by Juliana Walter
Throughout the first week of classes, The University of Tampa sent out various emails and text messages about the progress of Hurricane Dorian. Although Florida ended up not being in the hurricane’s path, UT cancelled classes for Tuesday, Sept. 3, through the school’s alert system on the Friday before.
UT’s online alert system is connected to every student and faculty member’s school email. In order to get text message alerts about the latest emergency and safety updates on campus, sign up for UT’s Spartan Mobile Alert (SMART) on the university’s website. Students are encouraged to take precautions for any type of inclement weather and contact campus safety with any concerns.
In the case of Hurricane Dorian, UT cancelled classes fairly early to ensure student’s safety. James Houlahan, a sophomore PR major, said “The call was probably made early in reaction to any disapproval of the late notice during Hurricane Irma”.
Many students and parents felt UT did not cancel classes soon enough during past storms. Classes during Hurricane Irma were not officially cancelled until the day before the hurricane was scheduled to hit Tampa.
Hailey Morgan, a junior criminology major, was living on campus the year Hurricane Irma hit Florida in September of 2017. “I drove up to Tennessee with my aunt,” Morgan said. “It was kind of last minute because we were not sure what the storm would do.”
Morgan also added that she decided for her own safety to leave campus before UT released their statement cancelling classes and closing the campus for four days. “I left whether they cancelled classes or not.” Morgan said.
UT’s current weather emergency protocol, which can be found on The University of Tampa’s website under ‘University Services’, is based on local and state emergency management. While weather emergencies are somewhat unpredictable, UT still attempts to monitor it closely and make safety decisions in an appropriate amount of time.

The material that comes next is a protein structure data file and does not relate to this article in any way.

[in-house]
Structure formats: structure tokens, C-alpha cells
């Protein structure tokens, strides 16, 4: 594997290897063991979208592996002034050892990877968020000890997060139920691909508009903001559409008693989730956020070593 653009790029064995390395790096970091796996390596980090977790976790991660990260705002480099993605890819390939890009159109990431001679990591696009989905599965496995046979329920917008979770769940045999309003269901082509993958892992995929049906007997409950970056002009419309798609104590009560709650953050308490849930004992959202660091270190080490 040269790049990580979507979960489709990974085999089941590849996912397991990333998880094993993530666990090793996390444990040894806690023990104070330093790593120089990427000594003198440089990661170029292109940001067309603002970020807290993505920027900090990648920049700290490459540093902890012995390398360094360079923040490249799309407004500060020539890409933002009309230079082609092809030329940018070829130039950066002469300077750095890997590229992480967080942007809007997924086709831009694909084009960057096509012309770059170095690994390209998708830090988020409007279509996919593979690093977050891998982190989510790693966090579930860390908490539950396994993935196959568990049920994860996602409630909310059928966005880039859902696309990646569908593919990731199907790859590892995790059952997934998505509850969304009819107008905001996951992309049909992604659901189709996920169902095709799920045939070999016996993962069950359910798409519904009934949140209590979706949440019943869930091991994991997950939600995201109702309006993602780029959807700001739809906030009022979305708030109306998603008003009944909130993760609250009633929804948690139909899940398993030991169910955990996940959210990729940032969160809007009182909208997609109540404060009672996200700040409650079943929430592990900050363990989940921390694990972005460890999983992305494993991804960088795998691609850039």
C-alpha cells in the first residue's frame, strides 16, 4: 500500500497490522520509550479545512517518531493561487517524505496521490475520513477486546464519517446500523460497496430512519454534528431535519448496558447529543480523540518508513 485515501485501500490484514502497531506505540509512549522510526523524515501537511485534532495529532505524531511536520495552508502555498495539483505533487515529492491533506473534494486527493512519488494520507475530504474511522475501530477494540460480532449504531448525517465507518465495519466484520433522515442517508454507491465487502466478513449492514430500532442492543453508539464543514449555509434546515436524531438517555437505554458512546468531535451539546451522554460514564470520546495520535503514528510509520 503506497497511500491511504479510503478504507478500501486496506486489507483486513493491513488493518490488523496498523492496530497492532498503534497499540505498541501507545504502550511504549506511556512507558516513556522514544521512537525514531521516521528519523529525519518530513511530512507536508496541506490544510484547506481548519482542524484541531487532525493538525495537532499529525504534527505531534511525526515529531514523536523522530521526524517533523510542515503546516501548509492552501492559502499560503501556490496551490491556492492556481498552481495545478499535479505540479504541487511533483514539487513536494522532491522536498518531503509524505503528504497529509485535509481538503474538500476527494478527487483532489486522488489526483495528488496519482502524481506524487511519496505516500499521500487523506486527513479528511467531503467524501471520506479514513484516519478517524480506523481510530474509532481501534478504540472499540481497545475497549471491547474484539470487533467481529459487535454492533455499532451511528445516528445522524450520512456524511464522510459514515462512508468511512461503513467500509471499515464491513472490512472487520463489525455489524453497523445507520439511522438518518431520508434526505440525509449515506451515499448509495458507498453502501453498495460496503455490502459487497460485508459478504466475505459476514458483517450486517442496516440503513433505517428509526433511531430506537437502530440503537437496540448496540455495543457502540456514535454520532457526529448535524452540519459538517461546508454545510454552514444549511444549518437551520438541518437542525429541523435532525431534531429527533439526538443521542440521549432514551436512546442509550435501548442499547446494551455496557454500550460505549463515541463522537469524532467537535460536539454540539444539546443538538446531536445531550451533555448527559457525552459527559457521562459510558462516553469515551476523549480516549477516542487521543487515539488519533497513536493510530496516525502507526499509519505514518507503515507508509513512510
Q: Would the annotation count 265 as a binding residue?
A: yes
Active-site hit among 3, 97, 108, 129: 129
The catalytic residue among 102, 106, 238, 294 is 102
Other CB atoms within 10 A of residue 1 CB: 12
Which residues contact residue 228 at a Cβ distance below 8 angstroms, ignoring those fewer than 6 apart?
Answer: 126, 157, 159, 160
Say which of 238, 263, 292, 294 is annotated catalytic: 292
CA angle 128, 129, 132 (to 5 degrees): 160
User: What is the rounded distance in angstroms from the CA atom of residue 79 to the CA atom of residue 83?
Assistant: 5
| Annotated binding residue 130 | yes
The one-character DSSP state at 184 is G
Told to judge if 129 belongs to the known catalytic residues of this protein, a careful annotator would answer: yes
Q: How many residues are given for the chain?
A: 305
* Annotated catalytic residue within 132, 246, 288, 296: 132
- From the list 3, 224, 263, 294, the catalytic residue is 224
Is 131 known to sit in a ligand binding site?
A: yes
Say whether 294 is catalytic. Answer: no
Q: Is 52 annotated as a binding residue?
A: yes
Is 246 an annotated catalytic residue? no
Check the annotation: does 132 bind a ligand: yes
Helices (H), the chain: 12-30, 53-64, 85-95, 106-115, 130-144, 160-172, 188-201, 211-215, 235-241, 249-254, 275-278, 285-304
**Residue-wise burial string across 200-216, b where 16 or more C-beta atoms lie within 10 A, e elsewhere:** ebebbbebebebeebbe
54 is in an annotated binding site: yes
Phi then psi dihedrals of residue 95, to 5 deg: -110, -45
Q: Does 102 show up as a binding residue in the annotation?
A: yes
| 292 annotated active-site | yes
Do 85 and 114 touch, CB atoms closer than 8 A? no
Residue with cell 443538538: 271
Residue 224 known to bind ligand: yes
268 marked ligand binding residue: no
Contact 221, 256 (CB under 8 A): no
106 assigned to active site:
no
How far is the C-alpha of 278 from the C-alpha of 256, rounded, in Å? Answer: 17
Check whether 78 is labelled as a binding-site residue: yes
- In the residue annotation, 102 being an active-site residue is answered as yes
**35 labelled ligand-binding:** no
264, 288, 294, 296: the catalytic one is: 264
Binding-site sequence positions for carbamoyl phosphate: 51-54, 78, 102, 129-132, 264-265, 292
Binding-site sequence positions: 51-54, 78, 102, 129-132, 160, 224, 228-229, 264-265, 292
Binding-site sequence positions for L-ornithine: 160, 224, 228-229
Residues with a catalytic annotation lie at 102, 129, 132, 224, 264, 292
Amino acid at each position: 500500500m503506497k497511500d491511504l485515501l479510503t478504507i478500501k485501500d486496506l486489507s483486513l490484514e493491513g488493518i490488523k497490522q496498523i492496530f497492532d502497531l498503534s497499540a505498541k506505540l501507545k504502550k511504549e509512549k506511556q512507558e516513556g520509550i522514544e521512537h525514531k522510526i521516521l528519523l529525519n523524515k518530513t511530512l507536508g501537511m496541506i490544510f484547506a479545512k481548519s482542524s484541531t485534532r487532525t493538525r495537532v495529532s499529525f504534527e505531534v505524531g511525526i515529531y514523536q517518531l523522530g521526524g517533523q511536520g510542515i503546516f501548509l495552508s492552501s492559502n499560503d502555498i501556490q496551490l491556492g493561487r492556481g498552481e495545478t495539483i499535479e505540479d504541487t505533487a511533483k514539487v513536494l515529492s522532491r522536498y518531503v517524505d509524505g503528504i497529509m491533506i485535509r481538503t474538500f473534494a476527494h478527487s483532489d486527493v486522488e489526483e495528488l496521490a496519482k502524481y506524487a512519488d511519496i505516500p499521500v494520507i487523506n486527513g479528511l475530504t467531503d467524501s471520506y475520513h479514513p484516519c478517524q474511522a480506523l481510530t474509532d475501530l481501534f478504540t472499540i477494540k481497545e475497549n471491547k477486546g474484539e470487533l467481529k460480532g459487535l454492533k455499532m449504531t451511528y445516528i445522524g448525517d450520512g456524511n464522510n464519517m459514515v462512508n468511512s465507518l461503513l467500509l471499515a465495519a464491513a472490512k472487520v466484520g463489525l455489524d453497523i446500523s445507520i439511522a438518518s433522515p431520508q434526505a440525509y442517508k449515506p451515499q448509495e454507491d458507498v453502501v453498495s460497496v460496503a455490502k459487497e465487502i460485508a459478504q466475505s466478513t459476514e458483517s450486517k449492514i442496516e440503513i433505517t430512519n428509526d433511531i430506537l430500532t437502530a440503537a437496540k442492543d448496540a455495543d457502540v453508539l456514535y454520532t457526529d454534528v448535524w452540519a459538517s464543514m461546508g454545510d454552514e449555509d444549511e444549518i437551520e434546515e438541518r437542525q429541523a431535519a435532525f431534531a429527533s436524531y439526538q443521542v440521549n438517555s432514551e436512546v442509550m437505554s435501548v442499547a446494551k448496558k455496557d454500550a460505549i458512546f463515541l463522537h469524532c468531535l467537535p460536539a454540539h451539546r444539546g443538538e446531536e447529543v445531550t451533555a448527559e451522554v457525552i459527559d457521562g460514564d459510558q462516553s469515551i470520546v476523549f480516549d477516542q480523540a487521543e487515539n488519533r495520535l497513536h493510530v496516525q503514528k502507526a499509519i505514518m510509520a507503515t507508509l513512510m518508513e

Katie Godwin, a staff assistant in the Operations and Planning department, explained how UT prepares for hurricanes and other natural disasters. “UT is designated as a ‘Storm Ready’ campus and as such, can withstand some levels of a hurricane,” said Godwin. “In the event of an evacuation, UT would transport students to a county-run shelter and provide a structure for the shelter experience.”
Depending on the storm’s severity, UT’s food services will remain open for students. If the storm is strong enough and the regular dining options on campus must be closed, UT will still provide students with food and water.
The Emergency Operations Team oversees UT’s emergency alert system. “The Operations and Planning department is a key leader in the Emergency Operations Plan,” said Godwin. “This group, with the input of other key campus constituents, help to make the decision for campus closures which is why classes were cancelled on Tuesday.”
The Emergency Operations Team has close contact to local meteorologists and other weather monitoring resources. Decisions about school and campus closure are always made with students and faculty safety in mind.
Juliana Walter can be reached at email@example.com